processing (cognitive economy). Stereotyping is an example of the knowledge function of attitudes.
Stereotypes are mental structures that allow us to predict the characteristics a person will have
based on the group they belong to. Using stereotypes to make sense of people is quick and
requires minimal mental effort – both significant advantages in a complicated and fast-moving
world. Of course, the down side of this type of thinking is that the inferences we make about people
based on stereotypes may be unhelpful and wildly inaccurate.











Broadly, this view of attitudes predicts that the way a person processes information presented to them will
be influenced by the attitudes they already hold. Martin & Halverson (1983) investigated this idea by
showing 5 and 6 year-old children a series of images that either fitted their gender stereotypes (e.g. a girl
playing with a doll) or conflicted with them (e.g. a girl playing with a gun). One week later, the children were
asked to describe the images they had been shown and to say how confident they were in what they
remembered.

What might we predict the results of such an experiment to be? Why?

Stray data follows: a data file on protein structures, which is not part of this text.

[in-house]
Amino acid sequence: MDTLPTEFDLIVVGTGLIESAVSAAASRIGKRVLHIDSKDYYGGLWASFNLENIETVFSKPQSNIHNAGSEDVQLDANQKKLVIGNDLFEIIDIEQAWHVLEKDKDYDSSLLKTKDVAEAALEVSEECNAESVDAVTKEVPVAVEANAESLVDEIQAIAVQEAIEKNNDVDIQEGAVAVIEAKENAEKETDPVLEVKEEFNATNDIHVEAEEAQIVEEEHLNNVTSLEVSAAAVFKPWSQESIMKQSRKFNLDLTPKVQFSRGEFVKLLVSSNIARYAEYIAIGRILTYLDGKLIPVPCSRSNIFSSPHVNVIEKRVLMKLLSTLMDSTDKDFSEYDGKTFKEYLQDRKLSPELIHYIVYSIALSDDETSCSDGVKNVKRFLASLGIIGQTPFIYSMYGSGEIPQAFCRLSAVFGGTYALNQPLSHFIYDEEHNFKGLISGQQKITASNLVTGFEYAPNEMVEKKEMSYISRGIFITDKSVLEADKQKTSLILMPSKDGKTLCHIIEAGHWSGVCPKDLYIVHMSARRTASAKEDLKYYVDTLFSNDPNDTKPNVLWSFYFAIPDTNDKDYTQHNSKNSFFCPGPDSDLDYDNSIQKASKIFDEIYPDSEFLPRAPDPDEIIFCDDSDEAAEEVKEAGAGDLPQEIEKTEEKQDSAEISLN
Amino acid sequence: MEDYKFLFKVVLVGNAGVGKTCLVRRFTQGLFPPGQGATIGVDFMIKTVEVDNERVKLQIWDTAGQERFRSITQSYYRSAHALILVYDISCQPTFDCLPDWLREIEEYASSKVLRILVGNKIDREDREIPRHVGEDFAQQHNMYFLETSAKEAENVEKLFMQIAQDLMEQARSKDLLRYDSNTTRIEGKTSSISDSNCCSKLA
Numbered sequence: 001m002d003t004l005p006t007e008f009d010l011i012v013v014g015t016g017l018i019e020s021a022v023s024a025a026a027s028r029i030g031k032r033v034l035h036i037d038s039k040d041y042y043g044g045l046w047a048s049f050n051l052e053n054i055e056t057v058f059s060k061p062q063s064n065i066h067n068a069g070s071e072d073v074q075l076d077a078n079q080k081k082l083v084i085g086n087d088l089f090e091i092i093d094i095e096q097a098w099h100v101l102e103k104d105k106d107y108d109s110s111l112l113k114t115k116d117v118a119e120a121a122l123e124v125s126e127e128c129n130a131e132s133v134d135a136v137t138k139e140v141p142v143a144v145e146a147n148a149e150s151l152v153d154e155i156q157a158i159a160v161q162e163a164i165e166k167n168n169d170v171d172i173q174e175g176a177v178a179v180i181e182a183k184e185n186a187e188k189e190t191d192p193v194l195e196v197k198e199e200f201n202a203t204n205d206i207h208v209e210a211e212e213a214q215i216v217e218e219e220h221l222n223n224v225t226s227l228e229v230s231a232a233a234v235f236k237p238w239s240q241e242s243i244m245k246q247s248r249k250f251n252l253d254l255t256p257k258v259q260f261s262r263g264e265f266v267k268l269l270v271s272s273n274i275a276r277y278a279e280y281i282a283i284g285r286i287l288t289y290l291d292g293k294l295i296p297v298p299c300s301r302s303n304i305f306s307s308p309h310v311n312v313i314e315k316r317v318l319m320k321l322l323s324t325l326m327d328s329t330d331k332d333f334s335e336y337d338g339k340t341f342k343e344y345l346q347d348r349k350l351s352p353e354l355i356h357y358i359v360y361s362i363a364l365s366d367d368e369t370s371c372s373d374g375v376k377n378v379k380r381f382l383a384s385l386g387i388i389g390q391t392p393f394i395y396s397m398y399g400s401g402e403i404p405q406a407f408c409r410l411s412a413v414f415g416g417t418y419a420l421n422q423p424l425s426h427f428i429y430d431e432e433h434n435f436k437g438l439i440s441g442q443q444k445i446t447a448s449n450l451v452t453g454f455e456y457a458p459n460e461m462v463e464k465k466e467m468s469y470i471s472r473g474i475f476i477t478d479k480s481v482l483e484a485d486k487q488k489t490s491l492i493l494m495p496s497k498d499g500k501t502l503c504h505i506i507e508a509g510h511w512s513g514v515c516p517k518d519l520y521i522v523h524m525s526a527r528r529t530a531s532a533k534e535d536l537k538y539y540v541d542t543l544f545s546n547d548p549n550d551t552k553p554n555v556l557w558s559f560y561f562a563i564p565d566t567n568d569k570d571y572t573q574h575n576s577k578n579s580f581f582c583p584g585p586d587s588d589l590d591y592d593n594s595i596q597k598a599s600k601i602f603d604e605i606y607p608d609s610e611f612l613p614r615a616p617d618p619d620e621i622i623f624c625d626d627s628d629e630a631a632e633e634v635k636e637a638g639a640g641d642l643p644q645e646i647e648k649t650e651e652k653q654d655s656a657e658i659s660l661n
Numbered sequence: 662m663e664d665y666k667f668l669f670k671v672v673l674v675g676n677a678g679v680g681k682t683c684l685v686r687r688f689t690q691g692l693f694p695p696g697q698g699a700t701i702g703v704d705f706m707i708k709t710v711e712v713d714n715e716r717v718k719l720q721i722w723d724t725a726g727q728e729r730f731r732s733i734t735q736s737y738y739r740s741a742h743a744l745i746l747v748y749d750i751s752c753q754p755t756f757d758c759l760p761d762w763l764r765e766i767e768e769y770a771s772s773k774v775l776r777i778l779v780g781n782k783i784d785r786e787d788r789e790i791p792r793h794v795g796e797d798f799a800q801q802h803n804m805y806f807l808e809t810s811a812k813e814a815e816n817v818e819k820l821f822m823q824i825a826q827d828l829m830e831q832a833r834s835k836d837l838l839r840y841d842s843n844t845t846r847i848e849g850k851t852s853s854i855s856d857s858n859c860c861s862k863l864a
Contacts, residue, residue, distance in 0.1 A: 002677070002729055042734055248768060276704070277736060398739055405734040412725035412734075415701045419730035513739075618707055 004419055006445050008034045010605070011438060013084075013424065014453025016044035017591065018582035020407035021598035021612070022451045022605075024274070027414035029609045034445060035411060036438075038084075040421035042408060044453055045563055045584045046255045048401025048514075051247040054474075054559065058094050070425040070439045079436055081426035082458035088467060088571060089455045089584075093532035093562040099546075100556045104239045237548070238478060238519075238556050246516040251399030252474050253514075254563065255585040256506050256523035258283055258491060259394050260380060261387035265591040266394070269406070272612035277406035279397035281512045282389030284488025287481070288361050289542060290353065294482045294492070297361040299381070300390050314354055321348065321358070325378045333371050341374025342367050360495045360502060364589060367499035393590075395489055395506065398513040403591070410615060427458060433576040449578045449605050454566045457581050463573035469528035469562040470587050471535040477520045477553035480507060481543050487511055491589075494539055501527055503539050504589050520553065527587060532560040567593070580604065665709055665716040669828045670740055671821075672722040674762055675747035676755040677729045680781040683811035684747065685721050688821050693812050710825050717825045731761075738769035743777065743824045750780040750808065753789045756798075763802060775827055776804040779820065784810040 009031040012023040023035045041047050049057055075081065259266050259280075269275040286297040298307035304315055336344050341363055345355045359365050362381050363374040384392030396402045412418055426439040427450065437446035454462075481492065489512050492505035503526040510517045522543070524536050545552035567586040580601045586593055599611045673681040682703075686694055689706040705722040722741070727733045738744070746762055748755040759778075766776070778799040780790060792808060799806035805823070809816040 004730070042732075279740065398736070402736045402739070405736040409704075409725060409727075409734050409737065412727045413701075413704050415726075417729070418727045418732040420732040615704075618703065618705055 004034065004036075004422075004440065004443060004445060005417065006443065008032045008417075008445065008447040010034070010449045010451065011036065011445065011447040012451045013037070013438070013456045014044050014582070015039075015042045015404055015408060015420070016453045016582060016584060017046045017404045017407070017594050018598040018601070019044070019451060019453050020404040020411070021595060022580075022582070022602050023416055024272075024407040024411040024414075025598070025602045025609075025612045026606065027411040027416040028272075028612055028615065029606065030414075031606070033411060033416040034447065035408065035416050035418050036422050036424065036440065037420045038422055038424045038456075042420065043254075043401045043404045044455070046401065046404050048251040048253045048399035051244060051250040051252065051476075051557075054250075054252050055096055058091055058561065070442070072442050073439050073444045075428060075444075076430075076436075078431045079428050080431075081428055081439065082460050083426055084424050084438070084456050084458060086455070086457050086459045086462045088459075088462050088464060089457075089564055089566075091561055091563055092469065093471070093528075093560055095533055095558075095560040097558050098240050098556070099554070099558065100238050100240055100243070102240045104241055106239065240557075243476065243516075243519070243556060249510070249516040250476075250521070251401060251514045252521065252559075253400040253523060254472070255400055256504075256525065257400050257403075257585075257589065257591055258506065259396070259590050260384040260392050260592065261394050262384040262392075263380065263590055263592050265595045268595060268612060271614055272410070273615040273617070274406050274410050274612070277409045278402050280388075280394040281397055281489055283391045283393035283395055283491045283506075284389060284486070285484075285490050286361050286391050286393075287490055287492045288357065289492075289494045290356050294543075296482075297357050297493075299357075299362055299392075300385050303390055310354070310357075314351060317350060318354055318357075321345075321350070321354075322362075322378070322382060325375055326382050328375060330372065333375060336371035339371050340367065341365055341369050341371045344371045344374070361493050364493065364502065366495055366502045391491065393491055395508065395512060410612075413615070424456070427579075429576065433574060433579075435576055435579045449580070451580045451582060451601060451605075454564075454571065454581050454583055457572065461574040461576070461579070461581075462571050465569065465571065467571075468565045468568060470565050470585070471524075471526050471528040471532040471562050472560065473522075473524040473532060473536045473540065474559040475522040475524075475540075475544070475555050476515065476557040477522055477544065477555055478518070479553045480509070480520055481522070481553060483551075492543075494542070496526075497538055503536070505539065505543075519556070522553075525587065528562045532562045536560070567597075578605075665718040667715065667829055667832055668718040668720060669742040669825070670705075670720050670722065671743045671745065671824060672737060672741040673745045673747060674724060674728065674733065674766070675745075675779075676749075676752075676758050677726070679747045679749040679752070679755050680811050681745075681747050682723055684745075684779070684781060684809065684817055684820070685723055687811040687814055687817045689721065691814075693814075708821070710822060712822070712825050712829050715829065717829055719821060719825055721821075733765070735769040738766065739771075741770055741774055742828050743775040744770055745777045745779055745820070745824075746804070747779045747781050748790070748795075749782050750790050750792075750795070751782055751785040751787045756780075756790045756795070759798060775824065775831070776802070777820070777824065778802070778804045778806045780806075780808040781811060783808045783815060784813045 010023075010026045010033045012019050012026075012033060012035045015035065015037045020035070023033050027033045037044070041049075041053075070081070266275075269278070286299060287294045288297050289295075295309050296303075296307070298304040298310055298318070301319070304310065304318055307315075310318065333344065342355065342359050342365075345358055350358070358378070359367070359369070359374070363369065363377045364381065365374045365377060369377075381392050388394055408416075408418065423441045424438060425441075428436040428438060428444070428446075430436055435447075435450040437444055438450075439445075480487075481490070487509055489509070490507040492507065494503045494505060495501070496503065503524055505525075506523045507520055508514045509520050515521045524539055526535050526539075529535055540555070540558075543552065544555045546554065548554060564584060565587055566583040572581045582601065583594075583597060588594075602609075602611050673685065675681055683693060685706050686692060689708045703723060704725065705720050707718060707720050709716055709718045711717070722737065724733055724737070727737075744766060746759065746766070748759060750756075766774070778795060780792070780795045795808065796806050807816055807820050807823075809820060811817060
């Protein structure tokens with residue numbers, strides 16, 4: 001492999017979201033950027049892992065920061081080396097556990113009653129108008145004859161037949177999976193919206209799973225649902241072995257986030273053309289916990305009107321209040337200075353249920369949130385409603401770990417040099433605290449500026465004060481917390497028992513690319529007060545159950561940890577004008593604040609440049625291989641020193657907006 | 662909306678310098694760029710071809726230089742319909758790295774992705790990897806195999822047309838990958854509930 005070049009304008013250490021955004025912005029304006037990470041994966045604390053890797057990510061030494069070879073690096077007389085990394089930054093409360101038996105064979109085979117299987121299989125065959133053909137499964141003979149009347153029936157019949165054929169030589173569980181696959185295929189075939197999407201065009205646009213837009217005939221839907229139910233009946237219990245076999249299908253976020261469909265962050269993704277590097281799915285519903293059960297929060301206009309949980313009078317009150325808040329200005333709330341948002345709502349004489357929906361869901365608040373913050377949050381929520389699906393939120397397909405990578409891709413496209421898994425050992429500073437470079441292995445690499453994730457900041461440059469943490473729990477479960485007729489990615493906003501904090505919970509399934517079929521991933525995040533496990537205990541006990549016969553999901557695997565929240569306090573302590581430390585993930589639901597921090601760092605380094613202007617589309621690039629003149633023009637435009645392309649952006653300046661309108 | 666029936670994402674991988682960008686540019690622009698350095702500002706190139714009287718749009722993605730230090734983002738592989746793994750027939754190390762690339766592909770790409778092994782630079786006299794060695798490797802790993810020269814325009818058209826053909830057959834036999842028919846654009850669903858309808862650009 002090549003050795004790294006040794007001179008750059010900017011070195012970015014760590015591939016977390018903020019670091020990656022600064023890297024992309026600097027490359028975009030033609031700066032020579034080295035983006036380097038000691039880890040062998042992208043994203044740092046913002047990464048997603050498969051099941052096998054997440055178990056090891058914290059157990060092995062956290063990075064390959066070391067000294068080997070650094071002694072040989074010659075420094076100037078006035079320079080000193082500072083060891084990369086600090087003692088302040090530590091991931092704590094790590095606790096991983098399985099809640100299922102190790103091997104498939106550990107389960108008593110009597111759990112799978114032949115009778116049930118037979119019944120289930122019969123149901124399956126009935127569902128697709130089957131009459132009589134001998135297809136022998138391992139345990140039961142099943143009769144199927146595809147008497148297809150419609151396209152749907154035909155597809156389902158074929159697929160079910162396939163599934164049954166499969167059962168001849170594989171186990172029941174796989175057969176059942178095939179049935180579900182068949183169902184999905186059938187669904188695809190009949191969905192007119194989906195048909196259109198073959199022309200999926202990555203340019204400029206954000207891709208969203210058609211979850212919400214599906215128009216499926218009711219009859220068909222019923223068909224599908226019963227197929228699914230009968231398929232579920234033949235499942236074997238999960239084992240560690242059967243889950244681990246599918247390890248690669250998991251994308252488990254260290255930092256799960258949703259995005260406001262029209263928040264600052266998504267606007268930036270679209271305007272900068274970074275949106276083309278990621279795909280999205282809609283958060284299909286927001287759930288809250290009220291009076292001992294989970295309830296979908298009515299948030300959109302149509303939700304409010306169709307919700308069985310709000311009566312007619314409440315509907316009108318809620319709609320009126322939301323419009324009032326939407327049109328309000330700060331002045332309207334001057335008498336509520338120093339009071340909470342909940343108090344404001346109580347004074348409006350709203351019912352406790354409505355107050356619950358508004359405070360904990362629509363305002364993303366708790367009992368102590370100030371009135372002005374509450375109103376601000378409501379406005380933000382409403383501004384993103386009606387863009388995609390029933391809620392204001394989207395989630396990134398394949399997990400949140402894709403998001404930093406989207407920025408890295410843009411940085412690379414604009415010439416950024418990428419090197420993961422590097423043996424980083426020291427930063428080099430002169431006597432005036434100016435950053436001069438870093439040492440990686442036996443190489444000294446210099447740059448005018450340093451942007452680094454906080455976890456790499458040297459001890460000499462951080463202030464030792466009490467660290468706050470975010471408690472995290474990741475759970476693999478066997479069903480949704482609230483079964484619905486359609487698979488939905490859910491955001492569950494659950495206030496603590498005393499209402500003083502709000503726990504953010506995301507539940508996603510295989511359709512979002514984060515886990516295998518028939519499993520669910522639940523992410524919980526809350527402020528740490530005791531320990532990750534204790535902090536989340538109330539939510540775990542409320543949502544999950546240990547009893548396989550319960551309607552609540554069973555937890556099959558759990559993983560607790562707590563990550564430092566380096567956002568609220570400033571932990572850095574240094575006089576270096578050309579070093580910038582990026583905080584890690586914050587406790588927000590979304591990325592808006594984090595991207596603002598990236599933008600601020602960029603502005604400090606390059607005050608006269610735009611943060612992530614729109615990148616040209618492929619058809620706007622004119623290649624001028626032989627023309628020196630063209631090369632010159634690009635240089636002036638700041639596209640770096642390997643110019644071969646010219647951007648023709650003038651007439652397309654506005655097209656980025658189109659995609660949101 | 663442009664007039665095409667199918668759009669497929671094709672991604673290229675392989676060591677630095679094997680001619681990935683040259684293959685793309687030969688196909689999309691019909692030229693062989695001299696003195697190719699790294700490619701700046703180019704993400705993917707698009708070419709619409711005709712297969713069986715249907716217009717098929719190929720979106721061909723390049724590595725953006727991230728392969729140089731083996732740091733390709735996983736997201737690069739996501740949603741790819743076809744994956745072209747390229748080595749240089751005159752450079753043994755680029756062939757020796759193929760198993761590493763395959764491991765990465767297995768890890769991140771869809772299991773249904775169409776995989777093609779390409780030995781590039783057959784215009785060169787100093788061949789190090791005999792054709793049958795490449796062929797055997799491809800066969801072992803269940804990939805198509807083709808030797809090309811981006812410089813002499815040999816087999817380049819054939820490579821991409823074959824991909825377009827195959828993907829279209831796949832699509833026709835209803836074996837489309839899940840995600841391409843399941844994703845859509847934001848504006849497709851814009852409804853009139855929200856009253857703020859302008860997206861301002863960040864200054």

The value-expressive function

Some attitudes are important to a person because they express values that are
integral to that person’s self concept (i.e. their ideas about who they are). The
attitude is, consequently, ‘part of who they are’ and the expression of that
attitude communicates important things about that person to others.




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How might this person’s attitudes to clothing express their values?
Think of some examples of attitudes that you or your friends hold that might be said
to serve a value-expressive function.


The ego-defence function

Some attitudes serve to protect the person that holds them from psychologically damaging events
or information by allowing them to be recast in less damaging or threatening ways. This inevitably
may involve a degree of bias or distortion in the way the world is interpreted but people will readily
do this in order to preserve a particular (usually favourable) view of themselves or the world.








How could you use the ego-defence function of attitudes to explain the following findings?
• If a person holds prejudiced attitudes towards minority groups these tend to increase when they have
just suffered a misfortune such as losing their job (Erwin, 2001).
• People who believe that the world is a fair place tend to blame the victims of crime for being victimized
(Putwain & Sammons, 2001).
Structure or function?

We have looked at two approaches to attitudes, the structural and the functional. Neither gives a
complete picture of attitudes – they are like two sides of the same coin – and neither is inherently
more valid than the other, but a researcher might choose one over the other depending on what
interested them.


Which approach would you choose if you were (a) trying to measure people’s attitudes towards smoking; or
(b) trying to change people’s attitudes towards smoking to help them give up? Why?